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F O R E I G N S E R V I C E J O U R N A L / F E B R U A R Y 2 0 1 2
are following orders.
Similarly, after U.S. commandos
killed Osama bin Laden last May, dis-
trust between Islamabad and Wash-
ington threatened to disrupt U.S.
economic assistance programs and de-
livery via Pakistani roads of materiel for
U.S. forces in Afghanistan.
President (and General) Pervez
Musharraf’s decision to cast Pakistan’s
lot with the U.S. after 9/11 revealed the
underlying contradictions in ISI ma-
nipulation of the militants. Schmidt
recounts how jihadi groups, motivated
by religious zeal, not Pakistani patriot-
ism, turned on the government. They
descended from the Waziristan moun-
tains to threaten Islamabad, killed sev-
eral thousand soldiers, terrorized the
Shia and Ahmadi minorities, and al-
most assassinated Musharraf. The
Lashkar-i-Taiba group further flaunted
its disdain for his government by
mounting a 2008 terrorist assault in
Mumbai that almost led to war.
Schmidt rightly discounts some of
the more neuralgic possible denoue-
ments: another army coup, jihadi con-
trol of the nuclear arsenal and ethnic or
linguistic conflict (although he under-
estimates Sindhi, Baluchi and Pushtun
resentment of Punjabi hegemony).
Even so, Pakistan remains the South
Asian state with the greatest capacity to
harmU.S. interests, while India, to the
Pakistanis’ annoyance, offers the U.S.
the greatest prospective benefits.
Authoritative and valuable as Sch-
midt’s analysis is, he does not attempt
to delve into Pakistanis’ unresolved
identity issues. So I recommend the
insightful analysis in
Bangladesh and
Pakistan: Flirting with Failure in South
by Ambassador William Milam,
who was his boss in Islamabad, as sup-
plemental reading.
That lacuna aside, I cannot recom-
mend this book highly enough to any-
one seeking insights into Pakistan’s
Retired FSO Richard McKee served as
a political officer in Karachi, Pakistan
desk officer, and consul general in La-
hore. He is a member of the Foreign
Service Journal Editorial Board.
Breaking Bad
The Pirates of Somalia:
Inside Their Hidden World
Jay Bahadur, Pantheon Books, 2011,
$26.95, hardcover, 320 pages.
The Pirates of Somalia
to be a book is almost as fascinating as
its subject matter. In 2009 Jay Ba-
hadur, 24, had just graduated from col-
lege and dreamed of becoming a
journalist. But viewing the prospect of
three years of journalism school as a
“waste,” he quit his market research
job to fly to Somalia. There he started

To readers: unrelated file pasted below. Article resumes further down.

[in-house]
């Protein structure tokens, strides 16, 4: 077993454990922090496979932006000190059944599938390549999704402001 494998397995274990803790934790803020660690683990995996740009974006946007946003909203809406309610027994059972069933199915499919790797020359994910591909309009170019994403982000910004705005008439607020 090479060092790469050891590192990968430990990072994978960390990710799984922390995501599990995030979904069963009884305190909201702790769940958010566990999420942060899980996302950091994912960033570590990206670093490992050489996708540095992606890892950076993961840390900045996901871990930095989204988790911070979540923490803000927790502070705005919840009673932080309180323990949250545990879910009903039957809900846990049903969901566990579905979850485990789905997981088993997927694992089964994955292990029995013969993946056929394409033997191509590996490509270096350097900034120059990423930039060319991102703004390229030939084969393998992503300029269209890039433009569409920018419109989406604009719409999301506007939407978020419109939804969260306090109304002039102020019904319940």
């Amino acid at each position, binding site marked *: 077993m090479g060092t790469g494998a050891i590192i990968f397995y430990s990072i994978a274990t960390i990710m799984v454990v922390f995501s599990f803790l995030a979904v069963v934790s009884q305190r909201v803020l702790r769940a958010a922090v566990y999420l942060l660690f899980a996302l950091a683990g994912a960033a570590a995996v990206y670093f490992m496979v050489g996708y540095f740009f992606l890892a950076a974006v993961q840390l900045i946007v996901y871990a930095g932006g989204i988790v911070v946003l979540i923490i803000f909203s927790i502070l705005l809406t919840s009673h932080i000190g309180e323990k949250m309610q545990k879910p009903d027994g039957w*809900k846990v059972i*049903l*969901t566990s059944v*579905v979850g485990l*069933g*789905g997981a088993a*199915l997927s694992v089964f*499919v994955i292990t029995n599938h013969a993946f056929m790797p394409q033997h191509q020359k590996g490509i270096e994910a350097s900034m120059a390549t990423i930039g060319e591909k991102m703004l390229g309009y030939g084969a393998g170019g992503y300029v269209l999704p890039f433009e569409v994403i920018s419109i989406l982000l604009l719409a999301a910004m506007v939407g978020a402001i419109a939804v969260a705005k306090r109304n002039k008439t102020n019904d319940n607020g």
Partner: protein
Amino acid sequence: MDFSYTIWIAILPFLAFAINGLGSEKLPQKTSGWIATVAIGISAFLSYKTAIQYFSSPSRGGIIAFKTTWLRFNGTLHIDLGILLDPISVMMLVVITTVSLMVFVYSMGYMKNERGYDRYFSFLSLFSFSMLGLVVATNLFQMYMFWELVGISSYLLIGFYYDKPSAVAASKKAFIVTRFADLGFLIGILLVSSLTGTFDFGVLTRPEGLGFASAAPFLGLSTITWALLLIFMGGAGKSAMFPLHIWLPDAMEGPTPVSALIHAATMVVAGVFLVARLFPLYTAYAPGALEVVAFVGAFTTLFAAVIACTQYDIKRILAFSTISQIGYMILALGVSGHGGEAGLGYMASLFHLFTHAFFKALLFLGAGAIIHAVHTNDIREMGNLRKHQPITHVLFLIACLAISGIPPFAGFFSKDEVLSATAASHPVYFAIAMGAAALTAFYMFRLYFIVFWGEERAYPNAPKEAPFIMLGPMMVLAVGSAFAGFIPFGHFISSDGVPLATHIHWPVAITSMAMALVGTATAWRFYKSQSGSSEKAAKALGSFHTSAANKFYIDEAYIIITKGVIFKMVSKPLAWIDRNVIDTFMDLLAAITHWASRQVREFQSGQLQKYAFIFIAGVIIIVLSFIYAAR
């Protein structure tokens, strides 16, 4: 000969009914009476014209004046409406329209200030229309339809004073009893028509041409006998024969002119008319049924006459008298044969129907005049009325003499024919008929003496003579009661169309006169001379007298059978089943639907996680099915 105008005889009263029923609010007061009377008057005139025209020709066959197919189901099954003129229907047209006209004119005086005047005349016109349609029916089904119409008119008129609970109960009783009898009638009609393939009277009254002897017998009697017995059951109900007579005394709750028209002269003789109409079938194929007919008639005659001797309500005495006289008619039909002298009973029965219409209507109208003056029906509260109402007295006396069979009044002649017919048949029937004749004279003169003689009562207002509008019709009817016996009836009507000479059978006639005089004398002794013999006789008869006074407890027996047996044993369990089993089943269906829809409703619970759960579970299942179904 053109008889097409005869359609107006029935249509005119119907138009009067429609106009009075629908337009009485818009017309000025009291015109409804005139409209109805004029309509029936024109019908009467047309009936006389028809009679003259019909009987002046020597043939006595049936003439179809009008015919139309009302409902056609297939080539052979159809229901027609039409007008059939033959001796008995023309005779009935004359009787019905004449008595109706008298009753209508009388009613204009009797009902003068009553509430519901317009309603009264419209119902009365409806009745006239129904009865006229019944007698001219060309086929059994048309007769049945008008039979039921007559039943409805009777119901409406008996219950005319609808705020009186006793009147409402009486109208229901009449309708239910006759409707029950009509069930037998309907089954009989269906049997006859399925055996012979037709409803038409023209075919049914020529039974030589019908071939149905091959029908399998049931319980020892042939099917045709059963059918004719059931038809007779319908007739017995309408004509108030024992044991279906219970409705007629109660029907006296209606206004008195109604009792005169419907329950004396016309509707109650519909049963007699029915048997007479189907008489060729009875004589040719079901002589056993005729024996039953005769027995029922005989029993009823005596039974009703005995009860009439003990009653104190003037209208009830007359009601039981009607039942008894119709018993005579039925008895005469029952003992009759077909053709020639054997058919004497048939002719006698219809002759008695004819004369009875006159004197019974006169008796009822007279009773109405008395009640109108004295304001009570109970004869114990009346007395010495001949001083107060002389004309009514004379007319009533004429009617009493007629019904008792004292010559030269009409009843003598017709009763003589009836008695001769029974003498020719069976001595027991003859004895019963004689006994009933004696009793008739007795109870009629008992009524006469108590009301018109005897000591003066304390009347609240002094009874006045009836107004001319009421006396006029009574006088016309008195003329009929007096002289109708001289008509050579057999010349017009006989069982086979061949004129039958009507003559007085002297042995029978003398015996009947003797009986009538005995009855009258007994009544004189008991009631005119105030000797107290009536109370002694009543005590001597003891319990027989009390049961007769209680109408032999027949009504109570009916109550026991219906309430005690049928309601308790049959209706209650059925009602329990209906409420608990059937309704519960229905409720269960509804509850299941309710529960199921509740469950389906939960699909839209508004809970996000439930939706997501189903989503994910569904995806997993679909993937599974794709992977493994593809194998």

to interview pirates, Somali govern-
ment officials and former hostages.
While fascinating, Bahadur’s first-
hand account makes clear that there is
nothing exotic or entertaining about
piracy. In fact, it is all about the bot-
tom line — yet it’s not a well-run busi-
ness. Only profitable for a select few, it
has accelerated Somalia’s long descent
into poverty and anarchy, and in-
creased demand for qat, a narcotic leaf,
and Toyota trucks.
What makes
The Pirates of Somalia
much more valuable than an extended
blog entry is Bahadur’s in-depth history
and analysis. As he explains, the pi-
rates do not see themselves as brig-
ands, but as “saviors of the sea.” And it
is certainly true that Somali pirates
started out trying to protect their tra-
ditional fishing areas from foreign fish-
ermen, who came equipped with
artillery to steal catches from local fish-
When those intruders began using
fishing techniques that destroyed the
reefs in the Puntland area of the coun-
try, the Somalis struck back. Follow-
ing the collapse of President Moham-
med Siad Barre’s regime and his exile
in 1991, Badahur notes, “The hodge-
podge of rebel groups, militias and
warlords that had inherited chunks of
the Somali state began to arrest foreign
fishing vessels and extort ‘fines’ for
their release.”
In 2003 Somali piracy underwent
a metamorphosis when Mohamed
Abdi Hassan, known as Afweney (“Big
Mouth”), a former civil servant turned
crime lord, became the first participant
to realize the full potential of piracy as
a business model. From 2003 to 2006,
he and other pirates gradually accumu-
lated capital and experience, continu-
ally reinvesting their ransom money in
ongoing operations.
The situation deteriorated further in
2008, when the Puntland government
ran out of money to pay its security
forces. After that, Bahadur reports,
“Many members of the police and
army naturally sought alternative em-
ployment, and there was hardly a more
lucrative career than piracy for a young
man possessing nothing but a gun and
a desperate disregard for his own life.”
In order to establish a rapport with
his interviewees, Bahadur gave them
qat, and even chewed the “flower of
paradise” with them. That decision has
led to understandable questions about
his methods and integrity, but his
analysis is spot on.
My favorite chapter of the book is